Reviewed by GREG KING
Director: Ken Scott
Stars: Dhanush, Erin Moriarty, Berenice Benjo, Gerard Jugnot, Ben Miller, Barkhad Abdi.
Planes, trucks and wardrobes?
This French/Indian/Belgian and US coproduction is a feel-good comedy/drama that is part Bollywood musical, part French romantic comedy, part road movie, part underdog story, and part rags to riches fantasy. The story of an innocent abroad it will remind audiences a little of the Oscar wining Forrest Gump, while its rags to riches story of an urchin from the streets of Mumbai will recall the likes of Slumdog Millionaire.
Popular Indian actor Dhanush (3, etc) plays Aja Patel, a conman and amateur magician raised in the slums of Mumbai by his single mother (Anuta Sana), whom he worships. He ekes out a living by conning tourists on the crowded streets of Mumbai, convincing them that he has supernatural powers. But when his mother dies, Aja sets off on a journey to discover the identity of the father he never knew. His journey takes him to Paris where he hopes to reunite with his father atop the Eiffel Tower. Obsessed with IKEA since he first stumbled upon a glossy catalogue as a kid, he first visits an IKEA store, where he meets the beautiful Marie (Erin Moriarty, from Blood Father, etc), and flirts with her. She is on the rebound and falls for his easy charms. Aja arranges to meet her for dinner the next night. But then fate steps in and his journey begins to go awry.
With no money for a hotel he takes up temporary residence for the night inside the IKEA store. Aja falls asleep inside a wardrobe at the store, and wakes up to find that he has been shipped to London overnight alongside a shipment of illegal Sudanese refugees. There he experiences the hardships and plight of the unwanted refugees who are shipped off to Spain by a customs inspector (gloriously overplayed by Ben Miller, recently seen as Rowan Atkinson’s offsider in Johnny English Strikes Back).
Thus, begins an extraordinary journey of self-discovery that takes the wide-eyed and naïve Aja through Europe to Libya where he meets a variety of colourful characters. All he wants to do though is get back to Paris to meet up with Marie. Along the way he crosses paths with some bandits, and there is a suitcase full of money and a desperate chase through some exotic locations. The busy script also pays lip service to the immigrant crisis facing Europe and the cultural differences and serves up a plea for tolerance, compassion and understanding.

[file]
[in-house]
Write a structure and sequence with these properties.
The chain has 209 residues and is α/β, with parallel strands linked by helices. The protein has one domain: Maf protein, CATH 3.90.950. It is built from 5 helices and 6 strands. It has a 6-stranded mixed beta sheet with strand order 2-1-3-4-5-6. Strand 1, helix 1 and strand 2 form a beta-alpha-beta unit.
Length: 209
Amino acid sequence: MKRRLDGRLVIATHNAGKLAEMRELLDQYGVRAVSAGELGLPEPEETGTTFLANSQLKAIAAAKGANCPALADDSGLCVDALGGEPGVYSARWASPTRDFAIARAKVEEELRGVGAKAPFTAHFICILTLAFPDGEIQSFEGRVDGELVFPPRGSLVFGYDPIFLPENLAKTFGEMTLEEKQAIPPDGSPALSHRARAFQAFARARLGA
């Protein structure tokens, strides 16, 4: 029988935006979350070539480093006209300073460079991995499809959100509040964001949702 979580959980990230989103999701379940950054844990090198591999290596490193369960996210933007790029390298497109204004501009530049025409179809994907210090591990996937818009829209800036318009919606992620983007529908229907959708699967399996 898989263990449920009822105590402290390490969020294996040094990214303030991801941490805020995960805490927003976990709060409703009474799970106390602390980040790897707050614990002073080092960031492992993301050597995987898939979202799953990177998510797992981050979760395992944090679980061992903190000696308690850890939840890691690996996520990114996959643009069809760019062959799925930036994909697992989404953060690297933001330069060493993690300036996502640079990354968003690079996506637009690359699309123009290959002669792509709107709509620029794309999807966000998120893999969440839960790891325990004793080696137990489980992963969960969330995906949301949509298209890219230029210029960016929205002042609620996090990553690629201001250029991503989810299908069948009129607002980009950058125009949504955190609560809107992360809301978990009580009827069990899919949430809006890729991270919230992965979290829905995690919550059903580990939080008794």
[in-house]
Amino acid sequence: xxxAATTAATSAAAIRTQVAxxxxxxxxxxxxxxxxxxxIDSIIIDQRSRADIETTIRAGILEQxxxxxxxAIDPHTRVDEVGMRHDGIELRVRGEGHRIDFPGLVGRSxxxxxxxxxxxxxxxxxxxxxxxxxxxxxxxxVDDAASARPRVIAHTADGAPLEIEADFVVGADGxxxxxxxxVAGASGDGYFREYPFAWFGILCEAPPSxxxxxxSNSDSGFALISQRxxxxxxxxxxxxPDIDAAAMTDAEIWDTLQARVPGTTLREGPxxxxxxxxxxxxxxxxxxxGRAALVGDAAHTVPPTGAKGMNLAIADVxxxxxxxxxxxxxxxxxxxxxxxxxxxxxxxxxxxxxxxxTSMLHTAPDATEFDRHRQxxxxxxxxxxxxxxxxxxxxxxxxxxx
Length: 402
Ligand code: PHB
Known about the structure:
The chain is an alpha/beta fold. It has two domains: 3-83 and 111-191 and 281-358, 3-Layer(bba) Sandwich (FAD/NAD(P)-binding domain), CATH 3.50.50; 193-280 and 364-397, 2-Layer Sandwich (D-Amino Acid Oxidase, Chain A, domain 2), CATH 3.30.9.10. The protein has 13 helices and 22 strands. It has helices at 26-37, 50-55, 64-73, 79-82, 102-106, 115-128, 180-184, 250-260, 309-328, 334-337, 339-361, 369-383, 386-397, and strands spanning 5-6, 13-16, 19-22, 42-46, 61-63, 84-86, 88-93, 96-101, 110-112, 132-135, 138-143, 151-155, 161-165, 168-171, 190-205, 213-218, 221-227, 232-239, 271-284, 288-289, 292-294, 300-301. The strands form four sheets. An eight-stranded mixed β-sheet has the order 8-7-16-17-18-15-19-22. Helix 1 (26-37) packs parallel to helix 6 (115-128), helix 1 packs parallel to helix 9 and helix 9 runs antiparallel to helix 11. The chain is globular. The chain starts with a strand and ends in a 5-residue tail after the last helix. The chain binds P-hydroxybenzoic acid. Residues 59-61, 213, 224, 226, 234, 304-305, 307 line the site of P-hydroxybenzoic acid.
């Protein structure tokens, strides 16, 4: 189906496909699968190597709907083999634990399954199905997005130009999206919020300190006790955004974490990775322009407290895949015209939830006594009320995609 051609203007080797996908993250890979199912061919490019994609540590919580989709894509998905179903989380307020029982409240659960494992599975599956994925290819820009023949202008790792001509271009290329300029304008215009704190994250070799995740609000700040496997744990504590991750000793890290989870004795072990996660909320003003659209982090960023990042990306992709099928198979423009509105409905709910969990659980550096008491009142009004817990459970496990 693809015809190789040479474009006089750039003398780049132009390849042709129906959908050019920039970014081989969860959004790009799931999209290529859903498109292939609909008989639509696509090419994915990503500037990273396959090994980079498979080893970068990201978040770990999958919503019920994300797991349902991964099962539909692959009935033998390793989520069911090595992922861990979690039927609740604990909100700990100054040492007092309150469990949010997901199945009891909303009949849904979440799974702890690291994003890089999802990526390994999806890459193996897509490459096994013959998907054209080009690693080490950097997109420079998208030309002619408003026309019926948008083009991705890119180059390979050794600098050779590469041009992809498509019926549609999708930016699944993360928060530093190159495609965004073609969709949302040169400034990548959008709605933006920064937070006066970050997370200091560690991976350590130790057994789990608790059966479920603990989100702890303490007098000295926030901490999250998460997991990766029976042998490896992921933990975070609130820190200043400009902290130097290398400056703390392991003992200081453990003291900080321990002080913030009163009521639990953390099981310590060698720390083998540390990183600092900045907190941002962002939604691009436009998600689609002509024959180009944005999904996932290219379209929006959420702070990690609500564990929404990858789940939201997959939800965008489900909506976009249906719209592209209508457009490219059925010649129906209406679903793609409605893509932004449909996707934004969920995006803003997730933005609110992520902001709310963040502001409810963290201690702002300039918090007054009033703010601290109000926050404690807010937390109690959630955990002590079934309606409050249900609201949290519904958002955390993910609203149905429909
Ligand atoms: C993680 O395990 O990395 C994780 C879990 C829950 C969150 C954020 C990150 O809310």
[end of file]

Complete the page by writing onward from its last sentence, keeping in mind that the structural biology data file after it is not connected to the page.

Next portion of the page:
The film has been nicely shot in some exotic locations by cinematographer Vincent Mathias (See You Up There, etc) and at times it looks like a travelogue. The film is punctuated with a couple of extravagantly staged Bollywood musical numbers and lots of gorgeous scenery. There is even a wonderful animated map that traces Aja’s journey across the continent.
The film is an uneven and episodic adaptation of Romain Puertolas’ 2014 bestselling novel with the unwieldy and unimpressive title The Extraordinary Journey Of The Fakir Who Got Trapped In An IKEA Wardrobe, which has been published in 35 languages. The script has been co-written by Puertolas and Luc Bossi (Mood Indigo, etc) and Canadian director Ken Scott (the Vince Vaughn sperm donor comedy Delivery Man, etc), but it offers an uneven mix of farce, magical realism, fate, romance and adventure. Scott manages to work in some great visual humour, and the narrative unfolds with pace and energy. However, the framing device of having Aja relate his fanciful tale to a trio of wide-eyed slum kids in a local police station is a bit of a clumsy cliché and takes us away from the action and proves more of a distraction.
The Extraordinary Journey Of The Fakir is the first international production for Dhanush, one of India’s most popular contemporary film stars. He is certainly a charismatic leading man, full of charm and an irrepressible energy, and he brings an appealing innocence to this performance. The international supporting casts includes Berenice Bejo (from the Oscar winning The Artist, etc), Somalian actor Barkhad Abdi (from Captain Phillips, etc) and Gerard Jugnot (The Chorus, etc) as a garrulous taxi driver.
This light hearted road movie romcom is hardly essential viewing nor is it a particularly extraordinary journey, but it makes for a mildly diverting time at the cinema. And with a brisk running time of just on 90 minutes it never quite outstays its welcome.
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